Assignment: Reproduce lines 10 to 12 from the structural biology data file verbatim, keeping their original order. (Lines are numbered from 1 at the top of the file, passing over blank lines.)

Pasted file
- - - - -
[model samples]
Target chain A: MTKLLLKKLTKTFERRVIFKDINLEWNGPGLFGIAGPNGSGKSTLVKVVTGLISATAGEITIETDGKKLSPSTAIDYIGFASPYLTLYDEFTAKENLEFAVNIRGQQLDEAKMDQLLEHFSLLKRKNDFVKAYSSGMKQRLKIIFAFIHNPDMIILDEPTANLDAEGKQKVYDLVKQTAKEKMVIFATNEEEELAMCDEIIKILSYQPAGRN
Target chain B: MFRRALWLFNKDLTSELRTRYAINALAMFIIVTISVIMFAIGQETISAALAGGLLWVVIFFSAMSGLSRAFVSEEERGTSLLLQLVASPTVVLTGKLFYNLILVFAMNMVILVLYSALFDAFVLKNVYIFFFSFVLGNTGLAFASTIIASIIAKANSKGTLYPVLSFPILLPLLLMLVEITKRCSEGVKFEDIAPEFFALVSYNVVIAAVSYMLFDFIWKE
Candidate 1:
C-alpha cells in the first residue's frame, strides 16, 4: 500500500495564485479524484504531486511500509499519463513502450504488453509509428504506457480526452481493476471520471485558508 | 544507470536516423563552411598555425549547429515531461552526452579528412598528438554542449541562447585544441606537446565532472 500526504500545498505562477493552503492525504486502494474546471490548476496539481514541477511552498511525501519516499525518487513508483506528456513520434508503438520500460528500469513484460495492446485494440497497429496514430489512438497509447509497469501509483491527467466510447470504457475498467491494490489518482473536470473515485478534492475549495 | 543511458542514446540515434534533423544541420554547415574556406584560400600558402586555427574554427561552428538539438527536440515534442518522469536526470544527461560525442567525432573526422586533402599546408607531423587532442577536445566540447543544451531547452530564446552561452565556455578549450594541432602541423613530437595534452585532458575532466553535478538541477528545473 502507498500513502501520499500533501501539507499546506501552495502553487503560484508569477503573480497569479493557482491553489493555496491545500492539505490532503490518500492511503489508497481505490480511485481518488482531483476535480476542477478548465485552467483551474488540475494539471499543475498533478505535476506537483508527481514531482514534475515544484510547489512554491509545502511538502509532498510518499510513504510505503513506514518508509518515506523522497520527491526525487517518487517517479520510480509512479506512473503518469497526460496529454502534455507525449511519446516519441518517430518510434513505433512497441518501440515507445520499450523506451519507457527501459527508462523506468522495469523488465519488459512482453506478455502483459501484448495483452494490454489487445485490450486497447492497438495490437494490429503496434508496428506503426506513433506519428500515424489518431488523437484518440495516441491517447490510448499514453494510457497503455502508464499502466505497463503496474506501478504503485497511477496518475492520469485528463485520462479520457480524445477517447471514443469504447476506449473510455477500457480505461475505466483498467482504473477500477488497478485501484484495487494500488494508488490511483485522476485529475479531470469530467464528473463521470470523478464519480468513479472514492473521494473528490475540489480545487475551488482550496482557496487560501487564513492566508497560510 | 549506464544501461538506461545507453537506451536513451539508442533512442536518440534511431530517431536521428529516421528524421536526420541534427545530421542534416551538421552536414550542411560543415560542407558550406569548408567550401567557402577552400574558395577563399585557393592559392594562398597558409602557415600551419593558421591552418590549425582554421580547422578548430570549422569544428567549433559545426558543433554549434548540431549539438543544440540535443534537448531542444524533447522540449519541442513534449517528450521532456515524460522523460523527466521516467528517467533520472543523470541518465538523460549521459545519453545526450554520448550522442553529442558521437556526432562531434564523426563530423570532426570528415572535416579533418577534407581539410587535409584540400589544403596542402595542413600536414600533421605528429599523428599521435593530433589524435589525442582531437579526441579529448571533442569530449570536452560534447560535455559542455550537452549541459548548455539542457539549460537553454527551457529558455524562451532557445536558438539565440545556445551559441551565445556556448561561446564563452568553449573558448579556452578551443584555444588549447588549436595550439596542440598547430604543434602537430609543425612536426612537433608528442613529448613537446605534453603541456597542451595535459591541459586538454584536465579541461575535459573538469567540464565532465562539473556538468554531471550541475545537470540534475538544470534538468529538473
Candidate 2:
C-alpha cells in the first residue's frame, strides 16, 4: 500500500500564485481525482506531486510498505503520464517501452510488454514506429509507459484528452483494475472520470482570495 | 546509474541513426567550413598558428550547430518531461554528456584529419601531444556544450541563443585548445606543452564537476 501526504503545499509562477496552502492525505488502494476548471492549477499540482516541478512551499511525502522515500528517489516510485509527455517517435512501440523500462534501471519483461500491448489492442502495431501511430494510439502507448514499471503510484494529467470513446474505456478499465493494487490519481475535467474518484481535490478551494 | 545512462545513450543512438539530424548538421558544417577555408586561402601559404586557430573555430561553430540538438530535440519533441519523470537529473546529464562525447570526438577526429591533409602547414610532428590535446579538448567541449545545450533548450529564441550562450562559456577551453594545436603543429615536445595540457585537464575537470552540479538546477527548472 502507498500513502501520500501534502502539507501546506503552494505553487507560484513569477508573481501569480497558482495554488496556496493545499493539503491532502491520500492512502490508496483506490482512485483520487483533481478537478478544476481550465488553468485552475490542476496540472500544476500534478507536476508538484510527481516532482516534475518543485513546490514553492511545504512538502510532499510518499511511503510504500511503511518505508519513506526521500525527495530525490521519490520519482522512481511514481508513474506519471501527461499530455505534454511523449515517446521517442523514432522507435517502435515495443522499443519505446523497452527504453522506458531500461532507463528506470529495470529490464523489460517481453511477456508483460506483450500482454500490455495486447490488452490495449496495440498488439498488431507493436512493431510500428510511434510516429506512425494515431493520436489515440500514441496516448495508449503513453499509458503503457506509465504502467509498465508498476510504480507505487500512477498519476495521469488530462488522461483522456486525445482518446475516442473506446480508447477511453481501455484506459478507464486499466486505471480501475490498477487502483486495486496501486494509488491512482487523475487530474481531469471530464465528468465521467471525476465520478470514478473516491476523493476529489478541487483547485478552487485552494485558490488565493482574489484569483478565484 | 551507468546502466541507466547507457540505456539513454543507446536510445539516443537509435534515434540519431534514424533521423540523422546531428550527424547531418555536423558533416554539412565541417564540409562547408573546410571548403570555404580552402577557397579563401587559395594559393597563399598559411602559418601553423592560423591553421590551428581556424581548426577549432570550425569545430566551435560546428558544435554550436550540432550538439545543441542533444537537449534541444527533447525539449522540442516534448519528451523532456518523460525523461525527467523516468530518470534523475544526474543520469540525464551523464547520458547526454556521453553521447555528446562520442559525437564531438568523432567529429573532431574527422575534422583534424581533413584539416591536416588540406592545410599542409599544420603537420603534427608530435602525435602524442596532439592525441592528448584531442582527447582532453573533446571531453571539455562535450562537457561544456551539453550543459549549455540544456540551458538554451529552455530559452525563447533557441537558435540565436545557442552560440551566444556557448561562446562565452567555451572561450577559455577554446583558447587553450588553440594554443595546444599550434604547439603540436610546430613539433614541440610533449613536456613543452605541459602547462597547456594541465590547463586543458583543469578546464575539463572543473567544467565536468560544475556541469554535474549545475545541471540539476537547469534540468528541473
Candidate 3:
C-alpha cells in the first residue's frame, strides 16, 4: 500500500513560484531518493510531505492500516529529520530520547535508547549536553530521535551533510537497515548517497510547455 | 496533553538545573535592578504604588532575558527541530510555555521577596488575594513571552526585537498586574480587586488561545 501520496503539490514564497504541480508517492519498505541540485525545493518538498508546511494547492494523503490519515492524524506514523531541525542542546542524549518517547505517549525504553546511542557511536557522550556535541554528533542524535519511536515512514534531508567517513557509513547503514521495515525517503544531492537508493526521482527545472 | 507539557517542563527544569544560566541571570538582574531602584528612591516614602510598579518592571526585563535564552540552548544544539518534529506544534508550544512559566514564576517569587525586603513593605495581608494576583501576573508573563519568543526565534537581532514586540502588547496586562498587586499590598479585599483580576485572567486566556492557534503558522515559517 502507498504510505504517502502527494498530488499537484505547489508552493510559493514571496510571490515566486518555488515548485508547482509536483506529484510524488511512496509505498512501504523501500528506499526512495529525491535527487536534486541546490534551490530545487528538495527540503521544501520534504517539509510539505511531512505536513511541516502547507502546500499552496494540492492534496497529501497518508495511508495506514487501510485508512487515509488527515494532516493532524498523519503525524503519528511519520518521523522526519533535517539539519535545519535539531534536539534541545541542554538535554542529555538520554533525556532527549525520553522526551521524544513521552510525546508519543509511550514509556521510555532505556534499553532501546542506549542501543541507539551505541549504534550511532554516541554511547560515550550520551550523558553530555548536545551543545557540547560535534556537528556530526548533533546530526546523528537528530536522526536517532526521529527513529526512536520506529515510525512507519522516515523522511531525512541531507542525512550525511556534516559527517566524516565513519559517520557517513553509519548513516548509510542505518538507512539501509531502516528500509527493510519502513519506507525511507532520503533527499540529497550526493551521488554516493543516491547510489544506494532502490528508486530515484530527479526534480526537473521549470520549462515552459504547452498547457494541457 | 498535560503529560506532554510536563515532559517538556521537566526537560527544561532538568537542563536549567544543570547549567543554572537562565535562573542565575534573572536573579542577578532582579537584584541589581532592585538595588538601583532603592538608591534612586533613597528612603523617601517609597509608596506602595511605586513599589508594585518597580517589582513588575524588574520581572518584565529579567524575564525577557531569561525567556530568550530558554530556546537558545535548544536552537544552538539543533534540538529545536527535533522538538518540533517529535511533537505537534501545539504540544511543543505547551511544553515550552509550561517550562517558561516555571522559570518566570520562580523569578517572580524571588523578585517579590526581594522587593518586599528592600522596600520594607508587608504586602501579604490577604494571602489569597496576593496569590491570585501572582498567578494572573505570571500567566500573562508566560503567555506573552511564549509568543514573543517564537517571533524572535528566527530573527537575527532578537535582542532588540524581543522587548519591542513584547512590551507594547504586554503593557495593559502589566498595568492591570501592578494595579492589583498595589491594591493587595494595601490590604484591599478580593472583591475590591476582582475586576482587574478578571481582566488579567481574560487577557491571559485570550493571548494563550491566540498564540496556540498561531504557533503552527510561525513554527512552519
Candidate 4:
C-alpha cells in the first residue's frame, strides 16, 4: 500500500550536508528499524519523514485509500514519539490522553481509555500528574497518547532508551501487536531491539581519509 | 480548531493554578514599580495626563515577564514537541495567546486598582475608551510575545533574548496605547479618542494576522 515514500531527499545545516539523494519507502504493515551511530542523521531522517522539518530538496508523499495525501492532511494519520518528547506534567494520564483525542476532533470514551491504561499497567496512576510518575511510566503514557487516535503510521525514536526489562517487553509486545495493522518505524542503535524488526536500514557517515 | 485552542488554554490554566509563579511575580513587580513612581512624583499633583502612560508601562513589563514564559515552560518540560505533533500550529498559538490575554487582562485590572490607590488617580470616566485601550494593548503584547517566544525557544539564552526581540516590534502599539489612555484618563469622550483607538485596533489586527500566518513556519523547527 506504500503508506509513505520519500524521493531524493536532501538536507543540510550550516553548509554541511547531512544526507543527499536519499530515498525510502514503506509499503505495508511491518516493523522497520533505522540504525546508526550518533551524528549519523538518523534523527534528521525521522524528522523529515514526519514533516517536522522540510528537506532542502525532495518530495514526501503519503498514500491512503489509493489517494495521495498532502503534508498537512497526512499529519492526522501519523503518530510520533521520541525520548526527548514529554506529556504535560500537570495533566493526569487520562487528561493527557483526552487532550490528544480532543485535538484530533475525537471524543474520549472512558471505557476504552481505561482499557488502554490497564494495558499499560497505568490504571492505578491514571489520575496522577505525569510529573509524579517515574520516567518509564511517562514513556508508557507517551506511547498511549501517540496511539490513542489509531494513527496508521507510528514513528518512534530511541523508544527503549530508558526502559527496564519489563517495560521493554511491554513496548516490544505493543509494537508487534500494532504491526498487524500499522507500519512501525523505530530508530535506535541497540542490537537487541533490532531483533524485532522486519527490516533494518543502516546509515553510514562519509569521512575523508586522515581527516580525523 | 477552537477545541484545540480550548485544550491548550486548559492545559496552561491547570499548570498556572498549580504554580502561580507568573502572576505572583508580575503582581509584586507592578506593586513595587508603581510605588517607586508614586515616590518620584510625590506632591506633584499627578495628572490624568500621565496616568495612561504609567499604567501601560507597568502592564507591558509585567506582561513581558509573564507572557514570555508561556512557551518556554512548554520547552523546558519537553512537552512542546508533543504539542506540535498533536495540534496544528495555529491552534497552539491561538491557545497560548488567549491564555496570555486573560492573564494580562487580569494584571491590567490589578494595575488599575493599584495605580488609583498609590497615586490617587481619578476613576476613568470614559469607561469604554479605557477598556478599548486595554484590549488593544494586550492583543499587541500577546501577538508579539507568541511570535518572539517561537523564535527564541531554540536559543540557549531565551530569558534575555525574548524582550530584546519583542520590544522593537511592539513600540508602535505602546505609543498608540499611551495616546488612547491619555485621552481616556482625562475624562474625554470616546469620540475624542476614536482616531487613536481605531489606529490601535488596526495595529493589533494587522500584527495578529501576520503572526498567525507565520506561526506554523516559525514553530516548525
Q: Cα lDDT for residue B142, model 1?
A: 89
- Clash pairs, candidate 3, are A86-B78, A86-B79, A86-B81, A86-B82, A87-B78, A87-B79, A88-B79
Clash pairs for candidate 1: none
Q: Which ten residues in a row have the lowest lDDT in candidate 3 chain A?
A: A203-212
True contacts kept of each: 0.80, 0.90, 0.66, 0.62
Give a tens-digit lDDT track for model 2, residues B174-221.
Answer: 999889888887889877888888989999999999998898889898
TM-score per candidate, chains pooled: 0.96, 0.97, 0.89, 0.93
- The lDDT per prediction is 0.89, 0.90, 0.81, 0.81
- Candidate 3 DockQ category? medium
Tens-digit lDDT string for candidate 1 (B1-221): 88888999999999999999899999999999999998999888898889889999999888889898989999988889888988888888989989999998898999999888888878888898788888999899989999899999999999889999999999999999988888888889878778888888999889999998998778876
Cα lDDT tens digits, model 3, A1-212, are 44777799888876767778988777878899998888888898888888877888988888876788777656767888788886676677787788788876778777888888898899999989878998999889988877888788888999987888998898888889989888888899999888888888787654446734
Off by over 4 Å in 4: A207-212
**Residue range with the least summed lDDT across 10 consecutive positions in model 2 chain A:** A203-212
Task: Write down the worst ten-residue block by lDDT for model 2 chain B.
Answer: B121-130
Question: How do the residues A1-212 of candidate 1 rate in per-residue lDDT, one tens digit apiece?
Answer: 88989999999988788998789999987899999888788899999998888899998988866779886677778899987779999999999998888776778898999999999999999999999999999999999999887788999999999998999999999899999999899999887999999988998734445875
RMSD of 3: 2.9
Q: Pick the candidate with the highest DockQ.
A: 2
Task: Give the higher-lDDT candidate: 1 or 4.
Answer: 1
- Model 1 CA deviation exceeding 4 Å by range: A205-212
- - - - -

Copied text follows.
Candidate 4:
C-alpha cells in the first residue's frame, strides 16, 4: 500500500550536508528499524519523514485509500514519539490522553481509555500528574497518547532508551501487536531491539581519509 | 480548531493554578514599580495626563515577564514537541495567546486598582475608551510575545533574548496605547479618542494576522 515514500531527499545545516539523494519507502504493515551511530542523521531522517522539518530538496508523499495525501492532511494519520518528547506534567494520564483525542476532533470514551491504561499497567496512576510518575511510566503514557487516535503510521525514536526489562517487553509486545495493522518505524542503535524488526536500514557517515 | 485552542488554554490554566509563579511575580513587580513612581512624583499633583502612560508601562513589563514564559515552560518540560505533533500550529498559538490575554487582562485590572490607590488617580470616566485601550494593548503584547517566544525557544539564552526581540516590534502599539489612555484618563469622550483607538485596533489586527500566518513556519523547527 506504500503508506509513505520519500524521493531524493536532501538536507543540510550550516553548509554541511547531512544526507543527499536519499530515498525510502514503506509499503505495508511491518516493523522497520533505522540504525546508526550518533551524528549519523538518523534523527534528521525521522524528522523529515514526519514533516517536522522540510528537506532542502525532495518530495514526501503519503498514500491512503489509493489517494495521495498532502503534508498537512497526512499529519492526522501519523503518530510520533521520541525520548526527548514529554506529556504535560500537570495533566493526569487520562487528561493527557483526552487532550490528544480532543485535538484530533475525537471524543474520549472512558471505557476504552481505561482499557488502554490497564494495558499499560497505568490504571492505578491514571489520575496522577505525569510529573509524579517515574520516567518509564511517562514513556508508557507517551506511547498511549501517540496511539490513542489509531494513527496508521507510528514513528518512534530511541523508544527503549530508558526502559527496564519489563517495560521493554511491554513496548516490544505493543509494537508487534500494532504491526498487524500499522507500519512501525523505530530508530535506535541497540542490537537487541533490532531483533524485532522486519527490516533494518543502516546509515553510514562519509569521512575523508586522515581527516580525523 | 477552537477545541484545540480550548485544550491548550486548559492545559496552561491547570499548570498556572498549580504554580502561580507568573502572576505572583508580575503582581509584586507592578506593586513595587508603581510605588517607586508614586515616590518620584510625590506632591506633584499627578495628572490624568500621565496616568495612561504609567499604567501601560507597568502592564507591558509585567506582561513581558509573564507572557514570555508561556512557551518556554512548554520547552523546558519537553512537552512542546508533543504539542506540535498533536495540534496544528495555529491552534497552539491561538491557545497560548488567549491564555496570555486573560492573564494580562487580569494584571491590567490589578494595575488599575493599584495605580488609583498609590497615586490617587481619578476613576476613568470614559469607561469604554479605557477598556478599548486595554484590549488593544494586550492583543499587541500577546501577538508579539507568541511570535518572539517561537523564535527564541531554540536559543540557549531565551530569558534575555525574548524582550530584546519583542520590544522593537511592539513600540508602535505602546505609543498608540499611551495616546488612547491619555485621552481616556482625562475624562474625554470616546469620540475624542476614536482616531487613536481605531489606529490601535488596526495595529493589533494587522500584527495578529501576520503572526498567525507565520506561526506554523516559525514553530516548525
Q: Cα lDDT for residue B142, model 1?